What They Say:
Baby Steps centers on an honor student named Eiichiro Maruo who becomes frustrated with his life and decides to join the tennis club. Despite lacking experience and physical strength, he utilizes his studious nature to develop a strategic approach to playing tennis. Taking notes of his opponents’ habits and tendencies, he is able to predict their next move before they even react. He also meets Natsu Takasaki, a beautiful girl with a passion for tennis. With her help, he aims to become a professional tennis player.
Content: (please note that content portions of a review may contain spoilers)
Baby Steps structure is one that’s certainly familiar to sports anime fans and while it can be frustrating on some level it’s also kind of reassuring. Especially for this show where the focus is on realistic play of the sport and not about team dynamics, jealousies or relationships. I really do like what we get with Natsu and Eiichiro but with it being sprinkled among these episodes that takes place over the course of at least a year so far it has a good slow burn to it that also comes across as more real and honest, even if we’re not getting all of their interactions. With both tracks what we end up getting is quite the engaging show that you really end up rooting for the characters and their journeys.
With Eiichiro now going up against Sakuya, it’s already providing to be an interesting match as there’s a sense coming from Sakuya that he’s going to bend things in every way possible to win – right from choosing who gets to start serving. This all gets reinforced with the flashback sequence we get for Sakuya as well where we see the kind of intense player that he is. It’s reminiscent of a few others Eiichiro has faced but distinct enough that he’s his own character. Sakuya isn’t violent per se, but there’s a presence of that within the way he plays as it’s aggressive in style in addition to the way Sakuya just glares at Eiichiro. And as it goes on we see more of the ways that Sakuya plays that falls under what Yukichi tells him is pretty damn nasty. It’s certainly unsportsmanlike to be sure, which is why Sakuya is a very different opponent for Eiichiro as his past ones haven’t fallen to this level.
The second half of this episode focuses more on the match itself than some of the commentary and flashback aspects and it really pushes the two of them in some good ways as the match goes on. It’s not a match where we’re getting something like what we saw with Ide or some of the others but it’s another series of games where Eiichiro is having to learn to adjust and push back more. When your opponent is a bit less than honorable in play, you have to really be at the top of your game but also very aware of all the tricks that can be used and develop ways to counter them. Eiichiro does that and uses his own abilities to push back in a strong way, showing the mental game that’s being played and his refusal to fall to the tricks that Sakuya is using against him. That doesn’t mean he doesn’t get tripped up along the way and makes mistakes, but it’s really engaging to watch the way that Eiichiro has to handle things here and how he’s losing some of his signature composure.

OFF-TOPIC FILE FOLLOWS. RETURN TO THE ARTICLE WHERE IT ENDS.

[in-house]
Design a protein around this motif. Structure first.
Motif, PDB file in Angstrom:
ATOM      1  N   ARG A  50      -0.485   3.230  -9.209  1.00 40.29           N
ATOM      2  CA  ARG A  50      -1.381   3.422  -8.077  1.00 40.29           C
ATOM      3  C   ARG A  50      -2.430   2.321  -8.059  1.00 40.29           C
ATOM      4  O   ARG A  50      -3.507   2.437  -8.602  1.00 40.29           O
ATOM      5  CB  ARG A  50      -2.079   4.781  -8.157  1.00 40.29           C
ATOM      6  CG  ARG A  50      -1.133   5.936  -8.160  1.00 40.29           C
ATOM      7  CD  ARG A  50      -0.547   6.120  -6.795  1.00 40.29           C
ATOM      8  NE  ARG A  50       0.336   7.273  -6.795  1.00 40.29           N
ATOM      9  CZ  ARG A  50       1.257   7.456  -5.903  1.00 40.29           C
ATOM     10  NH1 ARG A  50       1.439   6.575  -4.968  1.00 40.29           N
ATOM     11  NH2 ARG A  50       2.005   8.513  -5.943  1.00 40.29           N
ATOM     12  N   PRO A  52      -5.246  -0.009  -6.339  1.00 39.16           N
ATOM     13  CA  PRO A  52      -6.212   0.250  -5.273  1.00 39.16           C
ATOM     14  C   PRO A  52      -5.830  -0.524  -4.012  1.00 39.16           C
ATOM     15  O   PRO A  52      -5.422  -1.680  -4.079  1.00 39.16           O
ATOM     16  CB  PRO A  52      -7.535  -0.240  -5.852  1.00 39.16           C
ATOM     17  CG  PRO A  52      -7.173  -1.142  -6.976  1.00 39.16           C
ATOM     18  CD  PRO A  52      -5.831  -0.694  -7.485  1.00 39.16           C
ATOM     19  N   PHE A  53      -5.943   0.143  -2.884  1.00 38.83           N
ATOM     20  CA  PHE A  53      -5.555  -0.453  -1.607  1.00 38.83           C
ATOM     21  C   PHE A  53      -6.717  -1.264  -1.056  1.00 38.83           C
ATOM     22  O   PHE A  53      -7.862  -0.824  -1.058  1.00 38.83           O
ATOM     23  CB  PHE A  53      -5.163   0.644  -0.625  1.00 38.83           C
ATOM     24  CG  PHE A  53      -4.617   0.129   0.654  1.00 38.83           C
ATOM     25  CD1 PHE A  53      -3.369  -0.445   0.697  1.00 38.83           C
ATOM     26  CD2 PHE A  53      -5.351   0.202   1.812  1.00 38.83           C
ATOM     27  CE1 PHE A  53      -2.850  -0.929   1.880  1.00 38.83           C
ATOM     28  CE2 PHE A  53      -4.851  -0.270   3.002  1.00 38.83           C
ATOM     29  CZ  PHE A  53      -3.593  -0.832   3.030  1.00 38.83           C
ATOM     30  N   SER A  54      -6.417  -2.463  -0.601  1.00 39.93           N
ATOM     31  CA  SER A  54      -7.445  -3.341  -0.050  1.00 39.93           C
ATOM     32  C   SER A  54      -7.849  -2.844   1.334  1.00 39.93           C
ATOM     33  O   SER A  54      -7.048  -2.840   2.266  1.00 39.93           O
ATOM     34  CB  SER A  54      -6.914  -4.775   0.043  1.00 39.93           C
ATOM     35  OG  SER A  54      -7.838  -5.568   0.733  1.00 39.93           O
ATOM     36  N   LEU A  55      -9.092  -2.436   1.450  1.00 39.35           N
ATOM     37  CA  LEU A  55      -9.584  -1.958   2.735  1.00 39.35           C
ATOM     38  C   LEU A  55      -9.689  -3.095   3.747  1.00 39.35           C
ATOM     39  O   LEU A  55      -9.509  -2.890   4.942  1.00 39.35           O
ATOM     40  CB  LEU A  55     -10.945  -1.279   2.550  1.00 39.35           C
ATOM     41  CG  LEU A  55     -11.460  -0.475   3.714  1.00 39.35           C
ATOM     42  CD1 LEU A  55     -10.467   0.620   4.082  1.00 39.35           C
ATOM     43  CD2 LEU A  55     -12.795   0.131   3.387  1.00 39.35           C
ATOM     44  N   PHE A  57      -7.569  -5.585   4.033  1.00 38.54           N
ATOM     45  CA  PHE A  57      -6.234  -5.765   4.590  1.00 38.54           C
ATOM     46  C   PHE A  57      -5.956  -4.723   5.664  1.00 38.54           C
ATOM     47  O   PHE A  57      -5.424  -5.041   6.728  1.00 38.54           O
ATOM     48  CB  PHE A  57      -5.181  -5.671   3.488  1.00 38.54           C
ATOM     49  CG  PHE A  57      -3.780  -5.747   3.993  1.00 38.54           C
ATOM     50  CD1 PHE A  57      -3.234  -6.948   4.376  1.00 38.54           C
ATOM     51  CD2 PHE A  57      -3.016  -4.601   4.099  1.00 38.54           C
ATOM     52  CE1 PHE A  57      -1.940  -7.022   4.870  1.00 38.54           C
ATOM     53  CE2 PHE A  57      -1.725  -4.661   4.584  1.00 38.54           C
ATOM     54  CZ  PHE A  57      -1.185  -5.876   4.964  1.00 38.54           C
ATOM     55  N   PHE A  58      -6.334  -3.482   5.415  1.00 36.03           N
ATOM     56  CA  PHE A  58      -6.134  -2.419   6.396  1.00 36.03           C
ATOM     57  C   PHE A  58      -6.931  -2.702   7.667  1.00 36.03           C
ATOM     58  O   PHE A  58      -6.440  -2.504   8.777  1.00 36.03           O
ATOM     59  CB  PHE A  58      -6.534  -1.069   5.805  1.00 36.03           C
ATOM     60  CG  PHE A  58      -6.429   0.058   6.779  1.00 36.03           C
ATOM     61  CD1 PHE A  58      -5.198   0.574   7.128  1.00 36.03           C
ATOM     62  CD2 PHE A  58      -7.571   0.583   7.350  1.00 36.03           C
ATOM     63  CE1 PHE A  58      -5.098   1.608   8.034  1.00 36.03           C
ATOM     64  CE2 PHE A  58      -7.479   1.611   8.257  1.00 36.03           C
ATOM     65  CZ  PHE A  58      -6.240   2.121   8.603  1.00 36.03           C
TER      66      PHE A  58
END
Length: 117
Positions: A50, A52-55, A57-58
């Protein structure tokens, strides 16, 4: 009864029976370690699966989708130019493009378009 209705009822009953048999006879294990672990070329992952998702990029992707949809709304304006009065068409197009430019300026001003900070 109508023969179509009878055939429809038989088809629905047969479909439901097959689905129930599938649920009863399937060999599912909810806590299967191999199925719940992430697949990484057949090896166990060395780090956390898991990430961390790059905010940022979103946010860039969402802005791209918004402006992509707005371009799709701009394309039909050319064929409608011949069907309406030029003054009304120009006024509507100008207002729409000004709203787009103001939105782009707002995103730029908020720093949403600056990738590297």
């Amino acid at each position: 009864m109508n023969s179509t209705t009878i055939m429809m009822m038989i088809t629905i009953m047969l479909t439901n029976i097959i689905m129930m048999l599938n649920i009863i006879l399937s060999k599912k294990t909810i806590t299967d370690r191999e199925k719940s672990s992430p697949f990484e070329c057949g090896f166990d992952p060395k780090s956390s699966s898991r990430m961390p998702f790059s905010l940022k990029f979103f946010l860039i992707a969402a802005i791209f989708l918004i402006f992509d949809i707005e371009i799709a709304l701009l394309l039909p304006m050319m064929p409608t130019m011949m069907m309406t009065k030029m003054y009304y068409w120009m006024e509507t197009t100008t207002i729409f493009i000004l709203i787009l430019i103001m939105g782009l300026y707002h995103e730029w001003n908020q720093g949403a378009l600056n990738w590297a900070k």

When it comes to the opponents that Eiichiro has been facing it’s been easy for the most part to understand them and like them even if they’re really giving our lead character a run for it. They’ve all got their motivations and Sakuya does as well, which are lightly touched upon here. But he’s also a different opponent because of the way he comes across where there’s an aggressive side to him and the tricks and quirks he uses to win that pushes him into the unsportsmanlike category. That’s something that feels a bit new to what Eiichiro has faced, though you know there will always be these types of players out there. Where this works is in that it’s really engaging to watch Eiichiro struggle with it while trying to maintain himself but also figuring out how to push back without sinking to the same level. Good stuff, though it really doesn’t make me like Sakuya in the slightest.
Streamed By: Crunchyroll
Sony KDL70R550A 70″ LED 1080P HDTV, Apple TV via HDMI set to 1080p, Onkyo TX-SR605 Receiver and Panasonic SB-TP20S Multi-Channel Speaker System With 100-Watt Subwoofer.